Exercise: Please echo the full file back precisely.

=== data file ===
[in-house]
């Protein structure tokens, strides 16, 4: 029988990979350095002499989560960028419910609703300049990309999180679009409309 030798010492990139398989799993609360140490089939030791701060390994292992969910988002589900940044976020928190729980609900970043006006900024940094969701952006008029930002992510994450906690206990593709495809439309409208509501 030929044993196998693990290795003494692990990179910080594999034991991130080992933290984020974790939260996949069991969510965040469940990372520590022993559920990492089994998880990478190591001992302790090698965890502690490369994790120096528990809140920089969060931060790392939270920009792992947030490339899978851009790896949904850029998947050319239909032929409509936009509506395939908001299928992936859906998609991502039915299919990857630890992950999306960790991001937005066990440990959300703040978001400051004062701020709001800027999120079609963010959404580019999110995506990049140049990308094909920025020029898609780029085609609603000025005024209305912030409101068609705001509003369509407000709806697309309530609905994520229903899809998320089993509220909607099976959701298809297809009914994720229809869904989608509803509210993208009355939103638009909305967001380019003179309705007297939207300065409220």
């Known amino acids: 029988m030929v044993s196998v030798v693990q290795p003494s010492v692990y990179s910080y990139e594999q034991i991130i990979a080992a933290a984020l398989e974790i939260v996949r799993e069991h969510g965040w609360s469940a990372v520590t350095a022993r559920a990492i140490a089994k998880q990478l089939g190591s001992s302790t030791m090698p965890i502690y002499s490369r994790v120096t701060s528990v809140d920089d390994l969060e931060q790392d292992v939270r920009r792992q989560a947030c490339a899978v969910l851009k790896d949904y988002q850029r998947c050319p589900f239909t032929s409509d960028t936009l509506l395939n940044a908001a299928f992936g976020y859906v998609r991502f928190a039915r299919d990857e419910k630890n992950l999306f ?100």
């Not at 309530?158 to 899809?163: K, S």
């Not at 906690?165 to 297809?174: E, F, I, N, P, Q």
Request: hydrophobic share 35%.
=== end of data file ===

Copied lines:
[in-house]
């Protein structure tokens, strides 16, 4: 029988990979350095002499989560960028419910609703300049990309999180679009409309 030798010492990139398989799993609360140490089939030791701060390994292992969910988002589900940044976020928190729980609900970043006006900024940094969701952006008029930002992510994450906690206990593709495809439309409208509501 030929044993196998693990290795003494692990990179910080594999034991991130080992933290984020974790939260996949069991969510965040469940990372520590022993559920990492089994998880990478190591001992302790090698965890502690490369994790120096528990809140920089969060931060790392939270920009792992947030490339899978851009790896949904850029998947050319239909032929409509936009509506395939908001299928992936859906998609991502039915299919990857630890992950999306960790991001937005066990440990959300703040978001400051004062701020709001800027999120079609963010959404580019999110995506990049140049990308094909920025020029898609780029085609609603000025005024209305912030409101068609705001509003369509407000709806697309309530609905994520229903899809998320089993509220909607099976959701298809297809009914994720229809869904989608509803509210993208009355939103638009909305967001380019003179309705007297939207300065409220």
């Known amino acids: 029988m030929v044993s196998v030798v693990q290795p003494s010492v692990y990179s910080y990139e594999q034991i991130i990979a080992a933290a984020l398989e974790i939260v996949r799993e069991h969510g965040w609360s469940a990372v520590t350095a022993r559920a990492i140490a089994k998880q990478l089939g190591s001992s302790t030791m090698p965890i502690y002499s490369r994790v120096t701060s528990v809140d920089d390994l969060e931060q790392d292992v939270r920009r792992q989560a947030c490339a899978v969910l851009k790896d949904y988002q850029r998947c050319p589900f239909t032929s409509d960028t936009l509506l395939n940044a908001a299928f992936g976020y859906v998609r991502f928190a039915r299919d990857e419910k630890n992950l999306f ?100």
């Not at 309530?158 to 899809?163: K, S």
């Not at 906690?165 to 297809?174: E, F, I, N, P, Q």
Request: hydrophobic share 35%.